This Saturday, we will be celebrating the legacy of independent theaters as part of Art House Theater Day. According to their website, "In an age where media has become more digital than tangible, more solitary than social, art house theaters remain the physical spaces where film lovers congregate and connect with intrepid, creative filmmaking. They are the beating heart for new and exciting cinema that is shaping the future of the medium."

Submitted by Bruce Barnes,

Image from Sight Reading exhibit

The George Eastman Museum relies on volunteers in many aspects of our activities. We are deeply grateful to these individuals for their selfless contributions to our mission.

Submitted by Kate Meyers Emery,

Image from Sight Reading exhibit

Congratulations to all of the winners from our Sight Reading Instagram Challenges, and thank you to everyone who participated. We really enjoyed see the diverse range of photographs and how well you were able to capture photographs based on the five concepts. 

Submitted by Guest Post,

Nathan Lyons

Lisa Hostetler, Curator in Charge of the Department of Photography remembers Nathan Lyons, as a photographer, presence in the Rochester arts community, and source of inspiration. 

Submitted by Jesse Peers,

Image from Sight Reading exhibit

From George Eastman's letters, photos and newspaper clippings, we are able to trace what happened to him during his life. Using this documentation, Jesse Peers, Legacy Collection Archivist at the George Eastman Museum, shares with us a particularly memorable trip that did not happen the way it was planned back in September 1916. 

Submitted by Kate Meyers Emery,

Image from Sight Reading exhibit

This is it! Our final challenge! For this Sight Reading Instagram Challenge, we want you to play with the viewers perceptions, and take photographs that create an optical illusion. A classic example is the photo taken by tourists in Italy of people around the Tower of Pisa that appear to be holding the building up. Think creatively about the scale of objects, or strategically positioning people or objects in the natural environment.

Submitted by Kate Meyers Emery,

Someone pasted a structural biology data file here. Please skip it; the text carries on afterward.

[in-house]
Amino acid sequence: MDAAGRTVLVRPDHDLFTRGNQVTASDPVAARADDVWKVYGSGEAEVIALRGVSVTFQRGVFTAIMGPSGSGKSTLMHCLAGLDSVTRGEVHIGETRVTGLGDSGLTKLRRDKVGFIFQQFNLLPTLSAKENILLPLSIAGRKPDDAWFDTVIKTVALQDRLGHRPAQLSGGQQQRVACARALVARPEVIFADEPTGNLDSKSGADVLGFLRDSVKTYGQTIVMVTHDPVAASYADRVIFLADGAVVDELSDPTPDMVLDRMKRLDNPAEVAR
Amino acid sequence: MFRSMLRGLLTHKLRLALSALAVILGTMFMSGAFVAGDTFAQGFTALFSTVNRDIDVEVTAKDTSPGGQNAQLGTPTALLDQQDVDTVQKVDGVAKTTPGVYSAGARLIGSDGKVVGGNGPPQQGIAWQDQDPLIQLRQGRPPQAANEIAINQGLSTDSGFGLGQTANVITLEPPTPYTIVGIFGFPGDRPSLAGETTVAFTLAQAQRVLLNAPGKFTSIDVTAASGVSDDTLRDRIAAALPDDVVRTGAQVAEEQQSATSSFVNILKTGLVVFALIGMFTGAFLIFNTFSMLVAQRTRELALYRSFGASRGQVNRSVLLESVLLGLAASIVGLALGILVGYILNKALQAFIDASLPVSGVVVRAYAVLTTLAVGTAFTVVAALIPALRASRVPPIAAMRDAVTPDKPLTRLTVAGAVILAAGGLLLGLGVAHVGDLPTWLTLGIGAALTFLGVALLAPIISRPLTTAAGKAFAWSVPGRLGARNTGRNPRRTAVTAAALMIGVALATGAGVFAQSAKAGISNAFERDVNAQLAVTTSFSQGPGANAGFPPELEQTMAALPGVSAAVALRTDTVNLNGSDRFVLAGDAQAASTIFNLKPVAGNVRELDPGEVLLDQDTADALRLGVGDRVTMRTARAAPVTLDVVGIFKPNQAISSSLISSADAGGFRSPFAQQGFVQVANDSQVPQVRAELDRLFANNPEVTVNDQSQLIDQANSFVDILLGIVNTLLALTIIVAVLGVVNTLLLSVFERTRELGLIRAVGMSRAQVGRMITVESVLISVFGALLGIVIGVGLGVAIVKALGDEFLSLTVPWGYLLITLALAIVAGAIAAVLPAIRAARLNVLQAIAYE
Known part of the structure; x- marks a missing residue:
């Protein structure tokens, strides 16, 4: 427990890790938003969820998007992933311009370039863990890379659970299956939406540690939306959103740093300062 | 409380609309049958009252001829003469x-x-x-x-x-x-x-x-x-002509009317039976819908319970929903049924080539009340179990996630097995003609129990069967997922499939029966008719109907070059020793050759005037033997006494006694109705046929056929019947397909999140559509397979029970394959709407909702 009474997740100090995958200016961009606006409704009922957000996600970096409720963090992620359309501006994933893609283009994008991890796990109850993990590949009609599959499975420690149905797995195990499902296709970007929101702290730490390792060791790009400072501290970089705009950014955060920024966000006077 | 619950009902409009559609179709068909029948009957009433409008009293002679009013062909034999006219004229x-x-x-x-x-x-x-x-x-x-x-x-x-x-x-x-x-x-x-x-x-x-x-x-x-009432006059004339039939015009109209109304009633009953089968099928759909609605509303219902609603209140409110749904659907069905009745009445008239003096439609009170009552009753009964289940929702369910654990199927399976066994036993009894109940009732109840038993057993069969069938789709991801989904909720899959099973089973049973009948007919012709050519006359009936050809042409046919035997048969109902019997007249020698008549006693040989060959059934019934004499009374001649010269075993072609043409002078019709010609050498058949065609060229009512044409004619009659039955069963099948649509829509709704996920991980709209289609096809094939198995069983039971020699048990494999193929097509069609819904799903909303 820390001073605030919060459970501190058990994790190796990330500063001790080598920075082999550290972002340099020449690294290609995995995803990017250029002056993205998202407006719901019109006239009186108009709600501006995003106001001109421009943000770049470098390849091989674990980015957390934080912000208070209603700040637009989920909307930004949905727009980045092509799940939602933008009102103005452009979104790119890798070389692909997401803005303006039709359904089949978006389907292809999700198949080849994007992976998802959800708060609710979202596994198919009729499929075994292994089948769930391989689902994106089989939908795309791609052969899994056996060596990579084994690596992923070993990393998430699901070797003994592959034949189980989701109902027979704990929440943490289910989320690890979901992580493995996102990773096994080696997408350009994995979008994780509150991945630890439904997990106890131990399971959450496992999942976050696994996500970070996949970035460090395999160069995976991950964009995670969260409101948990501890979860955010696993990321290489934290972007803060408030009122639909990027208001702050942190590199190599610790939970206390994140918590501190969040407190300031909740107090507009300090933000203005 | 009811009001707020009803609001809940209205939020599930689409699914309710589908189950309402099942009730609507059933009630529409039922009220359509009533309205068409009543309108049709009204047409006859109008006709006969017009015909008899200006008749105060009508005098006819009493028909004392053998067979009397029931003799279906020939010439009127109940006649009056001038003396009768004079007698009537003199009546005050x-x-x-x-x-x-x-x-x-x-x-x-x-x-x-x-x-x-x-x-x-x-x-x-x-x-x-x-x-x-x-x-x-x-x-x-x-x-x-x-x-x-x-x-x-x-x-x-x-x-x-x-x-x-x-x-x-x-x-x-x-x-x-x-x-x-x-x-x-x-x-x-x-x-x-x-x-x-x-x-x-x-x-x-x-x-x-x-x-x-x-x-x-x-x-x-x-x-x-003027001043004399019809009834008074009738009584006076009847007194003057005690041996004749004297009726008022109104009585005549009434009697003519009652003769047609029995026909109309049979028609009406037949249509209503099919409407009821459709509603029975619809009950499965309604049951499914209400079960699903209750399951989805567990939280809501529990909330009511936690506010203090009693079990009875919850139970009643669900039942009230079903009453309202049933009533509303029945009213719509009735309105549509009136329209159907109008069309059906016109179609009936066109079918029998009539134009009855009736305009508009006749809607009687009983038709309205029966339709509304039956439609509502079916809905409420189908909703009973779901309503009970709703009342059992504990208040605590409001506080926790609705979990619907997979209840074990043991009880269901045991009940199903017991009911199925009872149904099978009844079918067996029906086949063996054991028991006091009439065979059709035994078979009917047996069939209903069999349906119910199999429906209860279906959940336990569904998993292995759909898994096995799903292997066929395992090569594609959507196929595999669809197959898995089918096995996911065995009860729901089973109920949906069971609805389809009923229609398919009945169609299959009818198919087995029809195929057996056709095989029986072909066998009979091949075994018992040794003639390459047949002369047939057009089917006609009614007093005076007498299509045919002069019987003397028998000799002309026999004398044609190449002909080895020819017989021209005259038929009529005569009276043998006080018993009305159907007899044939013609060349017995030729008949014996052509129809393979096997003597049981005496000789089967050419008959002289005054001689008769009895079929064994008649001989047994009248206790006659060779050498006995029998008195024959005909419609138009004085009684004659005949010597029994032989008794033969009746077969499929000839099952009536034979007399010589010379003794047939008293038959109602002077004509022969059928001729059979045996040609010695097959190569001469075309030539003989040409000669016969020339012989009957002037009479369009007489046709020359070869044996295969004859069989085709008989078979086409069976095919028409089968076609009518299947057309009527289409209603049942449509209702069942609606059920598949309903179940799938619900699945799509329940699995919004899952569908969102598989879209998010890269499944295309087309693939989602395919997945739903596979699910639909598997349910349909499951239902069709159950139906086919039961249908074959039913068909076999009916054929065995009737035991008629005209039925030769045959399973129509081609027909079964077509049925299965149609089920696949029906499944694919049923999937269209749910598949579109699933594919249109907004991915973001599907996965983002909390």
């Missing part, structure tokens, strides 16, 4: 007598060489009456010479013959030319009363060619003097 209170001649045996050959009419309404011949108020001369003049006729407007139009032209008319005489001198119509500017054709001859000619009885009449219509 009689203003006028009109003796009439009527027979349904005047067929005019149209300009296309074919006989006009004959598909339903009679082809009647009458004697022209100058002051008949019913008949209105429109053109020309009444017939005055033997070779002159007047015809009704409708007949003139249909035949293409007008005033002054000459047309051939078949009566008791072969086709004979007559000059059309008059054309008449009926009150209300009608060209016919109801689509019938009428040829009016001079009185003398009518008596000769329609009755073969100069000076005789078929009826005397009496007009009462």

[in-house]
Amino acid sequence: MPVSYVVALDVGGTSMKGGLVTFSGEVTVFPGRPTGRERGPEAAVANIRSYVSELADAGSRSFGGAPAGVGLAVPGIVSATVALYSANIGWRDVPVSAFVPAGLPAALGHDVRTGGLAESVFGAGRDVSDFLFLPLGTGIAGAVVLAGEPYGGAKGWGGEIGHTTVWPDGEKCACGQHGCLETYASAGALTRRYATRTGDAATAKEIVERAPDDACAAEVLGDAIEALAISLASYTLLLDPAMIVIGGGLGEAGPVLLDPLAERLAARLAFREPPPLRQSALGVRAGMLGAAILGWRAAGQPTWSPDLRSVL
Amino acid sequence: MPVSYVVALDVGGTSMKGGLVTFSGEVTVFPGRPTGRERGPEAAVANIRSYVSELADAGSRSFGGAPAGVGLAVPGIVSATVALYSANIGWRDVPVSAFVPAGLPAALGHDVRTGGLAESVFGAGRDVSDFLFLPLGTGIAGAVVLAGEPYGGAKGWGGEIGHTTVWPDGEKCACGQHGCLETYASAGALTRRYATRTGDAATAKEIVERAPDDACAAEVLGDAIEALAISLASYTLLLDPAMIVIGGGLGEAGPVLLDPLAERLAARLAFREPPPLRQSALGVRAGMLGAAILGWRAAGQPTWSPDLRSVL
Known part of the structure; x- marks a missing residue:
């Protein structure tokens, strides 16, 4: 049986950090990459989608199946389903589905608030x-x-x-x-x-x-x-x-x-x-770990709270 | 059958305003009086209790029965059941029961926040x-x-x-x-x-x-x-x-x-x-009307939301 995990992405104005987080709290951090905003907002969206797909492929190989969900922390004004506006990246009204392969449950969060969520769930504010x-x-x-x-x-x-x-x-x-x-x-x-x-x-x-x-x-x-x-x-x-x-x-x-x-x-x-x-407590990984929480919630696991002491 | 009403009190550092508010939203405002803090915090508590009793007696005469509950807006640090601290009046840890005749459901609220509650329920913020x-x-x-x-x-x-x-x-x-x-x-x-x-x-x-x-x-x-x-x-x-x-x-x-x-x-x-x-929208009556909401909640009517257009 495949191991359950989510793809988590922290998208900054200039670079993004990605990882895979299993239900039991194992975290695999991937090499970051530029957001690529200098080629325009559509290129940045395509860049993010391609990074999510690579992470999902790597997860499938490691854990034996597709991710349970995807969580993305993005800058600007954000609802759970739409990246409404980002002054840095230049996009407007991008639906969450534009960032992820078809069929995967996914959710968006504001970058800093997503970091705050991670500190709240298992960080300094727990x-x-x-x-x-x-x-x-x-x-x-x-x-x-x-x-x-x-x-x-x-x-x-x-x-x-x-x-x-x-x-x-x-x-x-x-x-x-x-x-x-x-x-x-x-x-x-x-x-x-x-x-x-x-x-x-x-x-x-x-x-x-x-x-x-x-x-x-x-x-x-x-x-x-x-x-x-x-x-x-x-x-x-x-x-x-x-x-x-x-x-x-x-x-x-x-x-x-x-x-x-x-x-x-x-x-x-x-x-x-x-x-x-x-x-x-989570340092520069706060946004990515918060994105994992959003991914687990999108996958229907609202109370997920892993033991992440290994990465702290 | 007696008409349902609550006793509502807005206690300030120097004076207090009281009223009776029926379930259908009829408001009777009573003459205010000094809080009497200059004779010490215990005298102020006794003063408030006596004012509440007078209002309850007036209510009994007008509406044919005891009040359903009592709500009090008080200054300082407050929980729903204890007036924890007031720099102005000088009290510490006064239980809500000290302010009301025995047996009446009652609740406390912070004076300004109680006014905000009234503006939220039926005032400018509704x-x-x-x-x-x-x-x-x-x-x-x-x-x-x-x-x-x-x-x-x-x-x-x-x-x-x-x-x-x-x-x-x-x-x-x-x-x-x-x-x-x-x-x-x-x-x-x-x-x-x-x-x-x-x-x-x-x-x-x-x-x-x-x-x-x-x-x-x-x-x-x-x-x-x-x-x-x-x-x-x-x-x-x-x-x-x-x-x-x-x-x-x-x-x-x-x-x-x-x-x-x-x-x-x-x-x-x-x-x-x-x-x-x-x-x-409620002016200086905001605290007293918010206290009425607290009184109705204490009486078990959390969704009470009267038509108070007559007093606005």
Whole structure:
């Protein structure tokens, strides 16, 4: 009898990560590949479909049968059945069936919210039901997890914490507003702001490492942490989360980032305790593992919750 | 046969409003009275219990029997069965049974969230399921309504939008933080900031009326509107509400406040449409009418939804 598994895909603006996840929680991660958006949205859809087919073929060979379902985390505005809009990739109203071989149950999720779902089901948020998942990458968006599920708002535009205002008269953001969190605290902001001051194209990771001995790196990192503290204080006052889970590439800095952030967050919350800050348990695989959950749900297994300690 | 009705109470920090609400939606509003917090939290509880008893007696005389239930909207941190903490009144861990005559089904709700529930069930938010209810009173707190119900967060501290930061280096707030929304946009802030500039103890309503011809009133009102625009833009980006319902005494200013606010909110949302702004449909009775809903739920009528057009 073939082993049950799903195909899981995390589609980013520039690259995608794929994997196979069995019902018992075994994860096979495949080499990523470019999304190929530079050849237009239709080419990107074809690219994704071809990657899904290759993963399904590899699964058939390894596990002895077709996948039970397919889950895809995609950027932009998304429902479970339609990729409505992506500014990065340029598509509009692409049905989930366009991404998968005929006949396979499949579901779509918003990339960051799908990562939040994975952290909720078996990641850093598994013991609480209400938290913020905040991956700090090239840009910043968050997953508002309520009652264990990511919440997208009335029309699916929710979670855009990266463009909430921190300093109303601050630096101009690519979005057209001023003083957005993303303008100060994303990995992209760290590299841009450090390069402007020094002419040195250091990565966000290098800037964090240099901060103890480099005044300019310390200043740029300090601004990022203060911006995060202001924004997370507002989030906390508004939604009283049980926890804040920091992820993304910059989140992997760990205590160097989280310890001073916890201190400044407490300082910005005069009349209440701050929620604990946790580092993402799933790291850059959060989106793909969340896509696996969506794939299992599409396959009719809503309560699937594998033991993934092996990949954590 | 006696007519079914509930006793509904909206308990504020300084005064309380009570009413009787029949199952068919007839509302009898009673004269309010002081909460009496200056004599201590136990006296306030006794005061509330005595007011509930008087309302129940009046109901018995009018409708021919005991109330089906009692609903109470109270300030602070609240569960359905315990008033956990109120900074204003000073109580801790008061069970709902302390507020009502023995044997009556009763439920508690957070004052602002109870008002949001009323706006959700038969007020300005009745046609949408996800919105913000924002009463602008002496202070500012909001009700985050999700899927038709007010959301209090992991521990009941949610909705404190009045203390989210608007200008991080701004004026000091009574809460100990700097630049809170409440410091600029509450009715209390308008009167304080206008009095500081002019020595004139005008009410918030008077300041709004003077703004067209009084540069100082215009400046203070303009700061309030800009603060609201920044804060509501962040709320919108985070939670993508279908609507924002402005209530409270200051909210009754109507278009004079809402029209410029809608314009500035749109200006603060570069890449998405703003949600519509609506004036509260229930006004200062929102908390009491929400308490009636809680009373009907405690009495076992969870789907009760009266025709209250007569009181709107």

Image of Jason's Exhibit in Belgium

On October 22, 2016, we will be opening our newest exhibition, A Matter of Memory: Photography as Object in the Digital Age. The exhibition explores the relationship between changes in the production of photographs due to technological advances, and how this impacts society’s relationship to memory. As part of this exhibition, Jason Lazarus will be displaying his project, Too Hard To Keep, which pulls from a growing archive of photographs that have been sent to Jason from around the world, and have been deemed too painful to hold on to by the original owner. Given that, we thought it would be fascinating to learn a little more about the project from Jason in his own words.

Submitted by Guest Post,

Image of Summer Interns

Hi, there! My name is Alison Thompson, and I am writing to share my personal experience as a Department of Photography Intern at the George Eastman Museum. For the past nine weeks, I have not only expanded my knowledge on history of photography, film, and museum practice, but I worked with an extremely diverse, intelligent, and thoughtful staff! Under their supervision, I was able to complete a variety of museum-related projects, giving me a great deal of academic and work experience.

Submitted by George Eastman Museum,

Image from Dental Dispensary exhibit

George Eastman is known for his work in revolutionizing photography, but did you know that he also had an interest in preventative dentistry? When he was younger, Eastman watched his mother have eight teeth pulled without anesthesia in their own kitchen. He himself lost teeth early in his life.

Submitted by Kate Meyers Emery,

Image from Sight Reading exhibit

Challenge: For this Sight Reading Instagram Challenge, we want you to think creatively about cropping and framing images. What you decide to show in a photograph (and what is hidden from view) can alter the viewers understanding of the photo. This week, play around with cropping your image in a creative way.